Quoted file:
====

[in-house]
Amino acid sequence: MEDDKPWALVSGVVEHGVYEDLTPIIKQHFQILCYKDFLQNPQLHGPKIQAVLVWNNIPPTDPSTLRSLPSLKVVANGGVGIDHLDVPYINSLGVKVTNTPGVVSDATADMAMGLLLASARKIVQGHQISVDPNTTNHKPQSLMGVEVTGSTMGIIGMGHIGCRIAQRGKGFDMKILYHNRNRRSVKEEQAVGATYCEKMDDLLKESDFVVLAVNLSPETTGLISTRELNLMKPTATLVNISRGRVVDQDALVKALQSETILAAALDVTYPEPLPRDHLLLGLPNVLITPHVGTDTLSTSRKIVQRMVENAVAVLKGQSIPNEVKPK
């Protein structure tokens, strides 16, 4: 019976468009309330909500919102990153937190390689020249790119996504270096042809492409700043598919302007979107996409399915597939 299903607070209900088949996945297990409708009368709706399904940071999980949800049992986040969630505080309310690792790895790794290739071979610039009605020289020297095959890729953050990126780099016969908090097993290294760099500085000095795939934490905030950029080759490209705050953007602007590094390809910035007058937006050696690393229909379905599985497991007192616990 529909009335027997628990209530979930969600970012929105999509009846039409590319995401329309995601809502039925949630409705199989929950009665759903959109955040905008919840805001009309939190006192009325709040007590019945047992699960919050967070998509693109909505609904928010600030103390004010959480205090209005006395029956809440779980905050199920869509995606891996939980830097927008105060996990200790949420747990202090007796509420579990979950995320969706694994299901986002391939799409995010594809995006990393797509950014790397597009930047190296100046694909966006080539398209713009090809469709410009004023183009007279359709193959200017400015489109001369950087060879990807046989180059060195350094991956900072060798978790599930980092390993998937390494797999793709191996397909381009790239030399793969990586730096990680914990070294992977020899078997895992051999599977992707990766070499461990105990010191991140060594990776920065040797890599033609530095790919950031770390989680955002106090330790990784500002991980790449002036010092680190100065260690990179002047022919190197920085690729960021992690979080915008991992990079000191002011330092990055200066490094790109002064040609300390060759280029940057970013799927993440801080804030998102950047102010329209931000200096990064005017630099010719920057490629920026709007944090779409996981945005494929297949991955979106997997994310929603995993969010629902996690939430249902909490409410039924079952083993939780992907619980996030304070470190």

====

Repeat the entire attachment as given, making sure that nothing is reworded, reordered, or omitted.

[in-house]
Amino acid sequence: MEDDKPWALVSGVVEHGVYEDLTPIIKQHFQILCYKDFLQNPQLHGPKIQAVLVWNNIPPTDPSTLRSLPSLKVVANGGVGIDHLDVPYINSLGVKVTNTPGVVSDATADMAMGLLLASARKIVQGHQISVDPNTTNHKPQSLMGVEVTGSTMGIIGMGHIGCRIAQRGKGFDMKILYHNRNRRSVKEEQAVGATYCEKMDDLLKESDFVVLAVNLSPETTGLISTRELNLMKPTATLVNISRGRVVDQDALVKALQSETILAAALDVTYPEPLPRDHLLLGLPNVLITPHVGTDTLSTSRKIVQRMVENAVAVLKGQSIPNEVKPK
């Protein structure tokens, strides 16, 4: 019976468009309330909500919102990153937190390689020249790119996504270096042809492409700043598919302007979107996409399915597939 299903607070209900088949996945297990409708009368709706399904940071999980949800049992986040969630505080309310690792790895790794290739071979610039009605020289020297095959890729953050990126780099016969908090097993290294760099500085000095795939934490905030950029080759490209705050953007602007590094390809910035007058937006050696690393229909379905599985497991007192616990 529909009335027997628990209530979930969600970012929105999509009846039409590319995401329309995601809502039925949630409705199989929950009665759903959109955040905008919840805001009309939190006192009325709040007590019945047992699960919050967070998509693109909505609904928010600030103390004010959480205090209005006395029956809440779980905050199920869509995606891996939980830097927008105060996990200790949420747990202090007796509420579990979950995320969706694994299901986002391939799409995010594809995006990393797509950014790397597009930047190296100046694909966006080539398209713009090809469709410009004023183009007279359709193959200017400015489109001369950087060879990807046989180059060195350094991956900072060798978790599930980092390993998937390494797999793709191996397909381009790239030399793969990586730096990680914990070294992977020899078997895992051999599977992707990766070499461990105990010191991140060594990776920065040797890599033609530095790919950031770390989680955002106090330790990784500002991980790449002036010092680190100065260690990179002047022919190197920085690729960021992690979080915008991992990079000191002011330092990055200066490094790109002064040609300390060759280029940057970013799927993440801080804030998102950047102010329209931000200096990064005017630099010719920057490629920026709007944090779409996981945005494929297949991955979106997997994310929603995993969010629902996690939430249902909490409410039924079952083993939780992907619980996030304070470190």